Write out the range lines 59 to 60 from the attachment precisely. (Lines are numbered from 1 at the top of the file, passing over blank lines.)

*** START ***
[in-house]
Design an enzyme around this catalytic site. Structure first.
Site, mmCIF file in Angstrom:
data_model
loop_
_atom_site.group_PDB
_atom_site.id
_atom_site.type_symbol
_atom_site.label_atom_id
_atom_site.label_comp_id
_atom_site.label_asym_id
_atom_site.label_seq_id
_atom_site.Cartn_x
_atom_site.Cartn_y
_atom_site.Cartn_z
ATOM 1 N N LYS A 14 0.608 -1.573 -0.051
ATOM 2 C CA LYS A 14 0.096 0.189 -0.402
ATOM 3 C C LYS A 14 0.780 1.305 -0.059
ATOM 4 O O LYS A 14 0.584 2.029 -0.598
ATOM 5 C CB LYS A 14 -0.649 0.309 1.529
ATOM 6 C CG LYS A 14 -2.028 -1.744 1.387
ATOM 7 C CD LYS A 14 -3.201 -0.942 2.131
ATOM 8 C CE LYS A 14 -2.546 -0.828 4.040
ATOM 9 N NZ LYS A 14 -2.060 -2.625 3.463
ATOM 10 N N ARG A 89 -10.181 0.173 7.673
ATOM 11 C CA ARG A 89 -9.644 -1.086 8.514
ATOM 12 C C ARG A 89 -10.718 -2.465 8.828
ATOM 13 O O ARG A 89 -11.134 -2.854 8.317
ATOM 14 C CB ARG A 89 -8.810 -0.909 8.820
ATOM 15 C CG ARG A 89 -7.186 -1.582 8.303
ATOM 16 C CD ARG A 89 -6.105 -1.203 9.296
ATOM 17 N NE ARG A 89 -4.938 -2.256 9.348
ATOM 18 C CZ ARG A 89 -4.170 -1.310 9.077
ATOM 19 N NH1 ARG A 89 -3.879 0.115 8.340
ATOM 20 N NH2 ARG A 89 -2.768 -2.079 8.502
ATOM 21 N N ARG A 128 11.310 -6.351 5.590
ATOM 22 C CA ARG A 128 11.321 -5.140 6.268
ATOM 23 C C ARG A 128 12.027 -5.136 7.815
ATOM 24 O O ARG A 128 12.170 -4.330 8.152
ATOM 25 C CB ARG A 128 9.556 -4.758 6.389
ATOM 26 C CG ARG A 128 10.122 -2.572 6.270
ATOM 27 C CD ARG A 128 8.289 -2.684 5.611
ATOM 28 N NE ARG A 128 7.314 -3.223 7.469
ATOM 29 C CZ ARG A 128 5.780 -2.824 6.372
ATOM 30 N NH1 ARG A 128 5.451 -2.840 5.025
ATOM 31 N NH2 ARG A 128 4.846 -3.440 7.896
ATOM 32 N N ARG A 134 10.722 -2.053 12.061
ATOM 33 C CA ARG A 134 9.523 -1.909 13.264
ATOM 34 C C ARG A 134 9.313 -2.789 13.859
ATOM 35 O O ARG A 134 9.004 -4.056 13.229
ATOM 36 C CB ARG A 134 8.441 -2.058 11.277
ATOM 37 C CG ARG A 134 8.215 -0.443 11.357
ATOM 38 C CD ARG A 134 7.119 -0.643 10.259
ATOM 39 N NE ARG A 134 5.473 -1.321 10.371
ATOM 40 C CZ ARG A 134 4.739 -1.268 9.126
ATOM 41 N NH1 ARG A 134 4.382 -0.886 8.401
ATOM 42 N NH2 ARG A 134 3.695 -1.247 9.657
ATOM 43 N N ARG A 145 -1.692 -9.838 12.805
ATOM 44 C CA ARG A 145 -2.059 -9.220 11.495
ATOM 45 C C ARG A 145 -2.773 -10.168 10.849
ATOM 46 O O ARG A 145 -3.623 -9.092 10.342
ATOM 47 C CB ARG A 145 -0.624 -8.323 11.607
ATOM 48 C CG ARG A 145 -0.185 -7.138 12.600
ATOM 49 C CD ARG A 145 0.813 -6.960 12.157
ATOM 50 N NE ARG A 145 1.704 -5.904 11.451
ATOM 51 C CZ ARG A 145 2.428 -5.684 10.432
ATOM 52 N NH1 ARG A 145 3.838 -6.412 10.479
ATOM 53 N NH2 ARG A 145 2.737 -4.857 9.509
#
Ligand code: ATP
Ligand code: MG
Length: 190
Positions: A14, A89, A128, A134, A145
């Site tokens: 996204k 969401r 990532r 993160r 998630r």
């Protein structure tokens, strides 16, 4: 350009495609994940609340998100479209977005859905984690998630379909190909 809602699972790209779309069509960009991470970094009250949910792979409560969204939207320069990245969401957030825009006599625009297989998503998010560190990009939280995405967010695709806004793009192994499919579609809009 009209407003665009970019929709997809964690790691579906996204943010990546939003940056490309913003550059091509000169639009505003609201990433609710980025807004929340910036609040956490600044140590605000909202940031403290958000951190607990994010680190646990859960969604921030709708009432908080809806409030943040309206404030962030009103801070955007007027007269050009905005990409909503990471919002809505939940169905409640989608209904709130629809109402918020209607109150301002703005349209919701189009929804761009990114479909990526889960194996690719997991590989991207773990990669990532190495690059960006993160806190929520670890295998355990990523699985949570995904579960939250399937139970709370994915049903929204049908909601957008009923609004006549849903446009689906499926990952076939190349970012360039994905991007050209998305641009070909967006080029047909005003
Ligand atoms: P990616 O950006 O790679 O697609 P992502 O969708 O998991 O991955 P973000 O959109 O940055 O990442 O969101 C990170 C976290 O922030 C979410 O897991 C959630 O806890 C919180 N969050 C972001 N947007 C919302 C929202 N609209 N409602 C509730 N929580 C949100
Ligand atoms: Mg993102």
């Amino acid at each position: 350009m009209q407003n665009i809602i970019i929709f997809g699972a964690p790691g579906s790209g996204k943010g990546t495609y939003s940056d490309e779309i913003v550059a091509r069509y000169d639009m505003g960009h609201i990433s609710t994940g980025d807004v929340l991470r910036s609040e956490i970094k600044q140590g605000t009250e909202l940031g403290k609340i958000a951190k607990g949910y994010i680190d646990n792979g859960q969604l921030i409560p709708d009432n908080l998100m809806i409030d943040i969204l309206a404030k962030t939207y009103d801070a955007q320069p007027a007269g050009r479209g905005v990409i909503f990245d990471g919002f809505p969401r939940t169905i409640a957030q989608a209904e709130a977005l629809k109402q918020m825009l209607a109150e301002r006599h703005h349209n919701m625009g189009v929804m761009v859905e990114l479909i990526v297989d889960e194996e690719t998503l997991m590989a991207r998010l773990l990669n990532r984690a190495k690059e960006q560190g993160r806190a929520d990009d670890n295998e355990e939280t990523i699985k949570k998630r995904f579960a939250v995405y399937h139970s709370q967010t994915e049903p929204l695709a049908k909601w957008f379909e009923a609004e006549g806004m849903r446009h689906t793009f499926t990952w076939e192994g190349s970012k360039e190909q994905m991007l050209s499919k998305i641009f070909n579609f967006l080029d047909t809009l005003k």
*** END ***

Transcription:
ATOM 44 C CA ARG A 145 -2.059 -9.220 11.495
ATOM 45 C C ARG A 145 -2.773 -10.168 10.849